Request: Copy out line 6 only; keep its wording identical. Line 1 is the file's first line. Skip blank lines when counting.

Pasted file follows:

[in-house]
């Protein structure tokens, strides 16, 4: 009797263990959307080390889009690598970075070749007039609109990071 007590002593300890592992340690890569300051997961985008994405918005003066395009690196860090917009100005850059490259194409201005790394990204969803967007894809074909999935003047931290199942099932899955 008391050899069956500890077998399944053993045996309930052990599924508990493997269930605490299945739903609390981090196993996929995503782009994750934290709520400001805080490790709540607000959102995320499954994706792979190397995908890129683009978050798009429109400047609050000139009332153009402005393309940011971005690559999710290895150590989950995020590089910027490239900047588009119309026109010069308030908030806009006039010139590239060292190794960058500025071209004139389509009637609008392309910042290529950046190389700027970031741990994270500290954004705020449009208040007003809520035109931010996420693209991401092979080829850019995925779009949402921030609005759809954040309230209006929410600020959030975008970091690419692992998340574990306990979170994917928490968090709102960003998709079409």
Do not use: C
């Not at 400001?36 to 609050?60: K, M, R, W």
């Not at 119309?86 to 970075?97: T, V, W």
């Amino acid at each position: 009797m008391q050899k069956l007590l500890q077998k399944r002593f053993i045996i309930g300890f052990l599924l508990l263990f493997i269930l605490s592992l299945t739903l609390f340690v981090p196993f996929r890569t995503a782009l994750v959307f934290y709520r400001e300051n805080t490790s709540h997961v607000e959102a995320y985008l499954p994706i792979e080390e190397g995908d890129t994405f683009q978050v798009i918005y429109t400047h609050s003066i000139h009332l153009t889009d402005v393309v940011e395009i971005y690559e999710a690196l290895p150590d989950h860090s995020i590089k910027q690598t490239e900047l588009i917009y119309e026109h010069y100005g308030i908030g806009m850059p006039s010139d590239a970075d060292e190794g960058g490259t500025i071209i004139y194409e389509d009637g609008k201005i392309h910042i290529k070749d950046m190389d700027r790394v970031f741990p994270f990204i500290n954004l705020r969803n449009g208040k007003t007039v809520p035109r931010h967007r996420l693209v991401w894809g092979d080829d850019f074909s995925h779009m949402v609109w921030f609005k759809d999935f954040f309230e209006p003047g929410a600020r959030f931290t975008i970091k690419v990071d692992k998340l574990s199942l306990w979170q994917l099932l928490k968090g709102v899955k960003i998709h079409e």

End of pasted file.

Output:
């Amino acid at each position: 009797m008391q050899k069956l007590l500890q077998k399944r002593f053993i045996i309930g300890f052990l599924l508990l263990f493997i269930l605490s592992l299945t739903l609390f340690v981090p196993f996929r890569t995503a782009l994750v959307f934290y709520r400001e300051n805080t490790s709540h997961v607000e959102a995320y985008l499954p994706i792979e080390e190397g995908d890129t994405f683009q978050v798009i918005y429109t400047h609050s003066i000139h009332l153009t889009d402005v393309v940011e395009i971005y690559e999710a690196l290895p150590d989950h860090s995020i590089k910027q690598t490239e900047l588009i917009y119309e026109h010069y100005g308030i908030g806009m850059p006039s010139d590239a970075d060292e190794g960058g490259t500025i071209i004139y194409e389509d009637g609008k201005i392309h910042i290529k070749d950046m190389d700027r790394v970031f741990p994270f990204i500290n954004l705020r969803n449009g208040k007003t007039v809520p035109r931010h967007r996420l693209v991401w894809g092979d080829d850019f074909s995925h779009m949402v609109w921030f609005k759809d999935f954040f309230e209006p003047g929410a600020r959030f931290t975008i970091k690419v990071d692992k998340l574990s199942l306990w979170q994917l099932l928490k968090g709102v899955k960003i998709h079409e």